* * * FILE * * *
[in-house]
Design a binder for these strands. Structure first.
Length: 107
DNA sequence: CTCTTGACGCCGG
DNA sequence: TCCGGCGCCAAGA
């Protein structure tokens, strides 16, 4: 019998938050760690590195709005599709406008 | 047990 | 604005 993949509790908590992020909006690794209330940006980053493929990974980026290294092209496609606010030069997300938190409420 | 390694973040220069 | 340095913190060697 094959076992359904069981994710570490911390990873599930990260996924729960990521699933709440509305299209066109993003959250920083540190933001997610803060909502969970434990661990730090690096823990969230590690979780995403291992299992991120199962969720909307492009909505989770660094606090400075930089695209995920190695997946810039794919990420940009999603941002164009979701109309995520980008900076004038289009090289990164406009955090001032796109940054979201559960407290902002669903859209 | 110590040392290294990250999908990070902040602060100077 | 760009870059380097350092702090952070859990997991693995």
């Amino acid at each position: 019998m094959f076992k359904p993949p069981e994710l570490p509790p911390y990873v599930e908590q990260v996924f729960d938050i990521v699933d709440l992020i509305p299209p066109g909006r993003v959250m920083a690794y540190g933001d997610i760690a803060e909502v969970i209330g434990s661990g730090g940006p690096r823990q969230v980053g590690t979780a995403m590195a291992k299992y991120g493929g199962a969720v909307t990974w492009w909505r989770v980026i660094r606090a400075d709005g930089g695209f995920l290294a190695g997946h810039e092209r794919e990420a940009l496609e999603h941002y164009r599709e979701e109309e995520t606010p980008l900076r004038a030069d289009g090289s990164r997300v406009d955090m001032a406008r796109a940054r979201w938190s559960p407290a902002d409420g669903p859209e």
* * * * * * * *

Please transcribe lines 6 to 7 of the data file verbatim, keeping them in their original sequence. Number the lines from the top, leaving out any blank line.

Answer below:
């Protein structure tokens, strides 16, 4: 019998938050760690590195709005599709406008 | 047990 | 604005 993949509790908590992020909006690794209330940006980053493929990974980026290294092209496609606010030069997300938190409420 | 390694973040220069 | 340095913190060697 094959076992359904069981994710570490911390990873599930990260996924729960990521699933709440509305299209066109993003959250920083540190933001997610803060909502969970434990661990730090690096823990969230590690979780995403291992299992991120199962969720909307492009909505989770660094606090400075930089695209995920190695997946810039794919990420940009999603941002164009979701109309995520980008900076004038289009090289990164406009955090001032796109940054979201559960407290902002669903859209 | 110590040392290294990250999908990070902040602060100077 | 760009870059380097350092702090952070859990997991693995």
């Amino acid at each position: 019998m094959f076992k359904p993949p069981e994710l570490p509790p911390y990873v599930e908590q990260v996924f729960d938050i990521v699933d709440l992020i509305p299209p066109g909006r993003v959250m920083a690794y540190g933001d997610i760690a803060e909502v969970i209330g434990s661990g730090g940006p690096r823990q969230v980053g590690t979780a995403m590195a291992k299992y991120g493929g199962a969720v909307t990974w492009w909505r989770v980026i660094r606090a400075d709005g930089g695209f995920l290294a190695g997946h810039e092209r794919e990420a940009l496609e999603h941002y164009r599709e979701e109309e995520t606010p980008l900076r004038a030069d289009g090289s990164r997300v406009d955090m001032a406008r796109a940054r979201w938190s559960p407290a902002d409420g669903p859209e």